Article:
A scheme to bolster the number of GPs in the North of England has recruited just two doctors so far, a meeting has heard.
Hartlepool and Stockton has higher a population per GP than the North East average and is facing a GP shortage, with two vacancies and 27 eligible to retire.
Recruitment firm ID Medical has been signed up to help find 100 doctors to plug the gap – with 60 doctors lined up for Teesside and Darlington by 2020.
But so far just two GPs have been recruited over an area covering Greater Manchester, Cheshire and Merseyside as well as the North East and the Tees Valley.
Health leaders shared their thoughts on the figure at a meeting of two Tees Valley Clinical Commissioning Groups (CCGs).
The GP recruitment drive began in May and Sue Greaves, head of strategy at Hartlepool and Stockton (HAST) CCG, told panel members two GP candidates had got through to their “second stage” interviews last month.
Meanwhile, three others were “awaiting results” of English language exams.
But there were questions about whether doctors from overseas would even want to settle in the Tees Valley.
Ms Greaves added: “Will people naturally want to migrate to Newcastle?
“First of all, will they want to come to the North East? Would it be Manchester or London?
“We don’t know the answer to that – but not everyone wants to be in a big city and there will be people who want to come to the North East.”
Surgeries in the Tees Valley are short of doctors – a trend which is mirrored on a national scale.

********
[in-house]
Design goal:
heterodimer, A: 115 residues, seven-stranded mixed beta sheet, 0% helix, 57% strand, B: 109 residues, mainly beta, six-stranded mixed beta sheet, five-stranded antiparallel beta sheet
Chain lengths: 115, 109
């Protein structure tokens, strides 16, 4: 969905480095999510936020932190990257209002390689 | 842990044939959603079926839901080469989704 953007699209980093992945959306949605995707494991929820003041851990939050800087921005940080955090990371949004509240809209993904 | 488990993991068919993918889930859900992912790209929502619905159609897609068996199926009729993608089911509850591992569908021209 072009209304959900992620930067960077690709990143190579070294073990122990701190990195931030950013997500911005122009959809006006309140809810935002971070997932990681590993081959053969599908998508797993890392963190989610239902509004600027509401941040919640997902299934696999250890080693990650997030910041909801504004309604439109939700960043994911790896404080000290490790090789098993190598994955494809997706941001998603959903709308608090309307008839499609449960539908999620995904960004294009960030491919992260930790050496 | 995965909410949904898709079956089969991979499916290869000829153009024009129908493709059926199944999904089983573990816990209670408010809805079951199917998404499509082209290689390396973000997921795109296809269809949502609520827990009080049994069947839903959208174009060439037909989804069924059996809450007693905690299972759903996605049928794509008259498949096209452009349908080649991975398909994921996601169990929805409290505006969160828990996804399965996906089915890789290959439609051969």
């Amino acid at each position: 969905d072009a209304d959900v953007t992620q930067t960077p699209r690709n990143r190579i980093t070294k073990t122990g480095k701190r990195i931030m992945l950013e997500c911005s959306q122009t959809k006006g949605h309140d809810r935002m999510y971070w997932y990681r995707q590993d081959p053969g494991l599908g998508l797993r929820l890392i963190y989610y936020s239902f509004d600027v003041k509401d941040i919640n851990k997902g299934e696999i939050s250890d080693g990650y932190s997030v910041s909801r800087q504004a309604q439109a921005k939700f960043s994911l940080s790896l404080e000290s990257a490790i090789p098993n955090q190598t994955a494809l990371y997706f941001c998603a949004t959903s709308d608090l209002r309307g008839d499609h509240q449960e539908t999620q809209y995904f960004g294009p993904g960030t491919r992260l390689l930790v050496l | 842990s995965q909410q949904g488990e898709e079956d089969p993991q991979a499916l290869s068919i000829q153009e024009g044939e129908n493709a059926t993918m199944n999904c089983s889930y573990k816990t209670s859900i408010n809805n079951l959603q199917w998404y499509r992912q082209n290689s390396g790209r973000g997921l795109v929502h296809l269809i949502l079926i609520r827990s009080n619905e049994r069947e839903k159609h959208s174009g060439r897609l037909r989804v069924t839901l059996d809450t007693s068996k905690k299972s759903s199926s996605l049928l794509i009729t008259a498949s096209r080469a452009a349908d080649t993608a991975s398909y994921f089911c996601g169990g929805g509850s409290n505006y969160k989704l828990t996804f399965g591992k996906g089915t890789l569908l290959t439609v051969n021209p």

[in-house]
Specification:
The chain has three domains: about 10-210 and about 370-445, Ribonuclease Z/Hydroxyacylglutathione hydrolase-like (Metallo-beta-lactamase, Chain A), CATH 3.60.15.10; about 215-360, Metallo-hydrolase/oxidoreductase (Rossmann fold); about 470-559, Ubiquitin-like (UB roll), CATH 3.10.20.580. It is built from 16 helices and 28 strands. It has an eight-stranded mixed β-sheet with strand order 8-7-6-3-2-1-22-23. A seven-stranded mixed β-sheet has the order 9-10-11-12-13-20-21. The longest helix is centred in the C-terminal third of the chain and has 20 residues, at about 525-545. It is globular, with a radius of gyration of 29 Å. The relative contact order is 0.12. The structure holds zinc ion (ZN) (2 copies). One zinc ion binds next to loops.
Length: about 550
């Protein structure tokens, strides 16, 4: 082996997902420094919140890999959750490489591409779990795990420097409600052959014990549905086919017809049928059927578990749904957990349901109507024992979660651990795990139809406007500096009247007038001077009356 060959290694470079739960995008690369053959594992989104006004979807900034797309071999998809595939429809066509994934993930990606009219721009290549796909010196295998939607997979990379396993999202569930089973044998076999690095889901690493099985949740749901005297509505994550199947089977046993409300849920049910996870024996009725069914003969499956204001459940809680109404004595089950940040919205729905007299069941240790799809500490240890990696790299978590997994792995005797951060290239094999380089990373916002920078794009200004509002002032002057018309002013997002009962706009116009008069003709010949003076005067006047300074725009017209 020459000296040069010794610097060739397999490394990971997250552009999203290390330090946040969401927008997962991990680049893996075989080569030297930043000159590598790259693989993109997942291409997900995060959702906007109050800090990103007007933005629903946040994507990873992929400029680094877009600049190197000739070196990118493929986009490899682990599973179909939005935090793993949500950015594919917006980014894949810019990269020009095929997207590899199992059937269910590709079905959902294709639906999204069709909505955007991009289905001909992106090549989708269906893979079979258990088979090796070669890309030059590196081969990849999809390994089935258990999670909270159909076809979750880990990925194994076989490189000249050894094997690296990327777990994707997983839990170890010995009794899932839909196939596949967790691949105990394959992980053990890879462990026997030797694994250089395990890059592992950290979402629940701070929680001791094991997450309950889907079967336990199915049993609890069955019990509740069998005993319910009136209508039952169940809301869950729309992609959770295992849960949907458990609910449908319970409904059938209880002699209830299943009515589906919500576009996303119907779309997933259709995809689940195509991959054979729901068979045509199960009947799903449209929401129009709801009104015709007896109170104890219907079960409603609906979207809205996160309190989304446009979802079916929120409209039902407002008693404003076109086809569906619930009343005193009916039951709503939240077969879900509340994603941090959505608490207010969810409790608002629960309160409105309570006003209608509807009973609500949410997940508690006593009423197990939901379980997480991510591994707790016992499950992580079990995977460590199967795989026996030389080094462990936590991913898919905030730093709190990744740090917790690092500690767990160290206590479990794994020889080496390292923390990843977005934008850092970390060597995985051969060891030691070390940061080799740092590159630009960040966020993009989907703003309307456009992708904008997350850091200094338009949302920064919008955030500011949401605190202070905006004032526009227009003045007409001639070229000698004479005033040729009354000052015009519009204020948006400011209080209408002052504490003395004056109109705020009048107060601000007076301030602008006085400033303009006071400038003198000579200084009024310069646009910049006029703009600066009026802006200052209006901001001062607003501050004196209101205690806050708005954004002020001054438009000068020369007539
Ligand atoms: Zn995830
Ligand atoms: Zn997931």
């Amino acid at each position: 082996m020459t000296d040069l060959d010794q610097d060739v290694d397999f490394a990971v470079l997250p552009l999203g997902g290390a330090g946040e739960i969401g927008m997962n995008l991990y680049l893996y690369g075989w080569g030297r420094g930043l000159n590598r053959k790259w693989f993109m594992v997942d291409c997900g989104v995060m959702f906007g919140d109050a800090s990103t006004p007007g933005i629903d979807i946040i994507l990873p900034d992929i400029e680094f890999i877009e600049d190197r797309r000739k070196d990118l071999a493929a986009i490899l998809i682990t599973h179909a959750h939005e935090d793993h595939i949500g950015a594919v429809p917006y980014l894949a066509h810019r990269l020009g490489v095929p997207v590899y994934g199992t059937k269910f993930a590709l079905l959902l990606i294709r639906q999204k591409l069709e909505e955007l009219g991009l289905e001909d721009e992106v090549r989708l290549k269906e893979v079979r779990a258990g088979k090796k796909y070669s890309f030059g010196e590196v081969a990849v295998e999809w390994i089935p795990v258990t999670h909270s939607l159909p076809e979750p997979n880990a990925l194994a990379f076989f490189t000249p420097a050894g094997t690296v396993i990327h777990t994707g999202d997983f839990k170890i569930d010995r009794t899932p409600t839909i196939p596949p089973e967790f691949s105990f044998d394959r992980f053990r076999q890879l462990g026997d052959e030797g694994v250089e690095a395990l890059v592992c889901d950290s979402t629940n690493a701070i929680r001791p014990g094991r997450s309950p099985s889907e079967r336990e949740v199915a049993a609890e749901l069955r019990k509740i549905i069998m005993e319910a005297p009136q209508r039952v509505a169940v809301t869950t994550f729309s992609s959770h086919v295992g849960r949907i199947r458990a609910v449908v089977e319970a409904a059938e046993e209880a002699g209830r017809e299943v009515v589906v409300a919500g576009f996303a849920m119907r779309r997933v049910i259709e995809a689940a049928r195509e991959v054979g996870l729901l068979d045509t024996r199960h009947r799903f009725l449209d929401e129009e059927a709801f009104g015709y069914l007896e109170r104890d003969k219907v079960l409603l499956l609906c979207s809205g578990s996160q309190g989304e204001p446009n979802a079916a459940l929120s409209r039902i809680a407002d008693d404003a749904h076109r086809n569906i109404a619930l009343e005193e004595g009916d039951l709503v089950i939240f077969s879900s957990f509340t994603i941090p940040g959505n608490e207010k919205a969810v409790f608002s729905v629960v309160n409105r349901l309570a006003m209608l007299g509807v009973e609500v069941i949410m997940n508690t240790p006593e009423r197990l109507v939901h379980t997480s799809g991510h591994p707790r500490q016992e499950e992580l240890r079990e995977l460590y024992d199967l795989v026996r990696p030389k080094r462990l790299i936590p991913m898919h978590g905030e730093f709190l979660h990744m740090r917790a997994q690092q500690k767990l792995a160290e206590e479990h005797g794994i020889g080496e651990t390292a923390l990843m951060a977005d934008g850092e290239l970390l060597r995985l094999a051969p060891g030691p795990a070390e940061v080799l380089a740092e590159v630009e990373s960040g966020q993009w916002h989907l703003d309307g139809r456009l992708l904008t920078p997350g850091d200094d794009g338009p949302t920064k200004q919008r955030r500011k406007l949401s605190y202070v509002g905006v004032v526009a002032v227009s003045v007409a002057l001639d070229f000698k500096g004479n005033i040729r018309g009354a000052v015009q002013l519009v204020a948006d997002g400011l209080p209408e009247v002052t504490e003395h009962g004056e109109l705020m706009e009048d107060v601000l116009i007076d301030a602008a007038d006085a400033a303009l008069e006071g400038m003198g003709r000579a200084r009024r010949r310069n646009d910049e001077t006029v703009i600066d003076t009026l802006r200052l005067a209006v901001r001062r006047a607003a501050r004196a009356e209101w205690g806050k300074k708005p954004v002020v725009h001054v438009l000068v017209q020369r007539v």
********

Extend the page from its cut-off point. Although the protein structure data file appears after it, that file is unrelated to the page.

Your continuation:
Papers for the latest Tees Valley joint health scrutiny committee showed there were two GP vacancies in Hartlepool, three in Stockton, three in Darlington and 11 in South Tees.
Meanwhile, 27 full-time GPs in Hartlepool and Stockton are older than 55 and eligible to retire.
The average number of patents per GP for Hartlepool and Stockton is 1,741, compared to a regional average of 1,414.
Candidates from overseas have mainly come from Bulgaria, Romania, Portugal and Spain so far.
But panel member Hannah Herron said the numbers “seemed quite low”.
“At first look we would be quite disappointed with the numbers – it’s just understanding what the projected numbers are,” she added.
Karen Hawkins, from HAST CCG, said the health bodies wouldn’t be able to attract doctors on their own.
“We need our partners to help and there is a push at local authorities,” she added.
And Ms Greaves told the committee the recruitment company’s prospectus was very “north-centric” with little mention of Darlington or Teesside.
Jean Golightly, head of nursing at HAST, said “getting home quickly” was important during her time as a medical professional overseas.
“We do have Durham Tees Valley Airport – I know Newcastle has an airport but we have one on our doorstep with a link to Schiphol,” she added.
“We are not Stansted but it’s very easy to get to a lot of places.”
When it came to overseas recruitment to the Tees Valley, committee chairwoman Hilary Thompson wanted to know how long it would take to get international GPs in place.
Ms Greaves replied: “Lincoln did this and it took them 18 months to get two GPs into practice from start to finish.
“But it does depend on the GP and the language barrier is often the bigger issue.”